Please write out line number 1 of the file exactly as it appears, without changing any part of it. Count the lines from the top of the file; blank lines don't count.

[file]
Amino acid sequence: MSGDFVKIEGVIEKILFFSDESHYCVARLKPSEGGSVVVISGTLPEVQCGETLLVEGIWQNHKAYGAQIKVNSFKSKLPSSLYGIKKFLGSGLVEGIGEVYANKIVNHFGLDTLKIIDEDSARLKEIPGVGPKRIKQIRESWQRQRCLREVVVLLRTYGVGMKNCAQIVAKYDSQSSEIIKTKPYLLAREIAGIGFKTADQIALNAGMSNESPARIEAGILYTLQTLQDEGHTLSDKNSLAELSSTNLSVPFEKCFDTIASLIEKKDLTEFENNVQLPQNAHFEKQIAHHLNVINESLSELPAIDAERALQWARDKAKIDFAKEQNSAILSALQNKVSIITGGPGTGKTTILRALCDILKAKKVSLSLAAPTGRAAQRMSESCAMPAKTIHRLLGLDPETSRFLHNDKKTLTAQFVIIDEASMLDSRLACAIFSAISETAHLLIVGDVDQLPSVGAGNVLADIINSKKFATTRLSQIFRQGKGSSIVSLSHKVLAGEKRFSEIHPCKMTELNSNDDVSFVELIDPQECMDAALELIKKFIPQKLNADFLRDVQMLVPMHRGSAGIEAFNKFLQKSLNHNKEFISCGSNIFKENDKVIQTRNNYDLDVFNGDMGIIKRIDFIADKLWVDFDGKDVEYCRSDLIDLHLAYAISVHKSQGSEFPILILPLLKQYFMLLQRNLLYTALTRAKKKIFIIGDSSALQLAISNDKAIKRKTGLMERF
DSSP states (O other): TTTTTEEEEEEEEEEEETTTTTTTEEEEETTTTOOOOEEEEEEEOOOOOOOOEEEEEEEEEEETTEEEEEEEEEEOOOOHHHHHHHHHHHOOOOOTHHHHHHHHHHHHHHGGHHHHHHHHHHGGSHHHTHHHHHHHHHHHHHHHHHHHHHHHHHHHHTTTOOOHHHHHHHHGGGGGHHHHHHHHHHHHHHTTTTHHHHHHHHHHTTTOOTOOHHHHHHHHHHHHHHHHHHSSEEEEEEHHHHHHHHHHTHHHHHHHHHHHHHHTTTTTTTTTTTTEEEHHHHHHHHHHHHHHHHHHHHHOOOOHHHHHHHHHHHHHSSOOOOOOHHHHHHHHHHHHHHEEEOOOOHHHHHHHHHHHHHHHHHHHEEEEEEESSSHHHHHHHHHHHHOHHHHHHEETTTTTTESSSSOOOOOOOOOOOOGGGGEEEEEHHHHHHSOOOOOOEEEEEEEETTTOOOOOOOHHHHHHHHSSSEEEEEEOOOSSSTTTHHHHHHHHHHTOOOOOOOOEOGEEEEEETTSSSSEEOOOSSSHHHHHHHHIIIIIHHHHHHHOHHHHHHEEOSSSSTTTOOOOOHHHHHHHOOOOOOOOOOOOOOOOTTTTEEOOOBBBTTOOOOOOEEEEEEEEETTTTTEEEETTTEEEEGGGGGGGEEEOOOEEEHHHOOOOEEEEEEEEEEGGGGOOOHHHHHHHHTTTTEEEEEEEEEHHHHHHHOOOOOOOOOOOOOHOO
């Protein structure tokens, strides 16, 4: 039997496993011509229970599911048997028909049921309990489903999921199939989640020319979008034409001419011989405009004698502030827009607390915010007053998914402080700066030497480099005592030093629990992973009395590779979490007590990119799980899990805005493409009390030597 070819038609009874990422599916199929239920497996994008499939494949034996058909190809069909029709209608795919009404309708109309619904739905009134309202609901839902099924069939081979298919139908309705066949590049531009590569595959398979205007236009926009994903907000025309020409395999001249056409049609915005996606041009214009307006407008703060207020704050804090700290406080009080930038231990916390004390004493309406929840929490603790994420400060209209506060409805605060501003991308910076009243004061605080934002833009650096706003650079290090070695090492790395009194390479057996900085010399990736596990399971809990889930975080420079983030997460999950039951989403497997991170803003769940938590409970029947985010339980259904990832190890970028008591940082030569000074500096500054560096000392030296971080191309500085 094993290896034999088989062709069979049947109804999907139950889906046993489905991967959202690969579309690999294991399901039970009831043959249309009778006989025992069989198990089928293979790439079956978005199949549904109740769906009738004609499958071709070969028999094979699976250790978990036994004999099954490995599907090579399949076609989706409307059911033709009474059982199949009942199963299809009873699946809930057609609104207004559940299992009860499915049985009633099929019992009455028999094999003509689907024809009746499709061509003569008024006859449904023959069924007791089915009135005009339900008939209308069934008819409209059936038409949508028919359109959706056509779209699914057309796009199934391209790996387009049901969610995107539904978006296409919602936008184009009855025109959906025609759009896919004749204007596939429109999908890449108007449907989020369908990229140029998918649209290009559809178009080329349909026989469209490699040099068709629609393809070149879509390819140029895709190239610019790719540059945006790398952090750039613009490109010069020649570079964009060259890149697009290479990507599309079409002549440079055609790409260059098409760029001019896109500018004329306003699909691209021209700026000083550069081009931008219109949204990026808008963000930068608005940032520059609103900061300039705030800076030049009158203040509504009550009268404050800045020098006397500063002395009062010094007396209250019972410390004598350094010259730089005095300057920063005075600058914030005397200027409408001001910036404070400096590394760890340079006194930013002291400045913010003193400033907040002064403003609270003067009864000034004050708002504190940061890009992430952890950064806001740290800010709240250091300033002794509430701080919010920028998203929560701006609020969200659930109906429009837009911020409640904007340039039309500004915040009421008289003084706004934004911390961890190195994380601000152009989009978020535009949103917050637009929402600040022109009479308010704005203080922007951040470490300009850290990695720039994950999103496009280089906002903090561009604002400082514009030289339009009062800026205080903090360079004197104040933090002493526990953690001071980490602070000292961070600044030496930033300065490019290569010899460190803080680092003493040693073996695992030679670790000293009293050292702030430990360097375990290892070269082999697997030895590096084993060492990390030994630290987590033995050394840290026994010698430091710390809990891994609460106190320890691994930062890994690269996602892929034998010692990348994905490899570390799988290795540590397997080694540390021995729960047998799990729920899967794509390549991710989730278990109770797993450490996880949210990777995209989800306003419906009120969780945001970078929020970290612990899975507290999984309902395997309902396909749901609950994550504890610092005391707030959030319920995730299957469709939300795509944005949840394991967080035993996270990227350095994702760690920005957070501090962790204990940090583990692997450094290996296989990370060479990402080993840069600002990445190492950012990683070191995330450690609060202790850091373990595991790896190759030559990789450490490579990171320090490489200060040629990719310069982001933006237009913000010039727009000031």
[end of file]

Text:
Amino acid sequence: MSGDFVKIEGVIEKILFFSDESHYCVARLKPSEGGSVVVISGTLPEVQCGETLLVEGIWQNHKAYGAQIKVNSFKSKLPSSLYGIKKFLGSGLVEGIGEVYANKIVNHFGLDTLKIIDEDSARLKEIPGVGPKRIKQIRESWQRQRCLREVVVLLRTYGVGMKNCAQIVAKYDSQSSEIIKTKPYLLAREIAGIGFKTADQIALNAGMSNESPARIEAGILYTLQTLQDEGHTLSDKNSLAELSSTNLSVPFEKCFDTIASLIEKKDLTEFENNVQLPQNAHFEKQIAHHLNVINESLSELPAIDAERALQWARDKAKIDFAKEQNSAILSALQNKVSIITGGPGTGKTTILRALCDILKAKKVSLSLAAPTGRAAQRMSESCAMPAKTIHRLLGLDPETSRFLHNDKKTLTAQFVIIDEASMLDSRLACAIFSAISETAHLLIVGDVDQLPSVGAGNVLADIINSKKFATTRLSQIFRQGKGSSIVSLSHKVLAGEKRFSEIHPCKMTELNSNDDVSFVELIDPQECMDAALELIKKFIPQKLNADFLRDVQMLVPMHRGSAGIEAFNKFLQKSLNHNKEFISCGSNIFKENDKVIQTRNNYDLDVFNGDMGIIKRIDFIADKLWVDFDGKDVEYCRSDLIDLHLAYAISVHKSQGSEFPILILPLLKQYFMLLQRNLLYTALTRAKKKIFIIGDSSALQLAISNDKAIKRKTGLMERF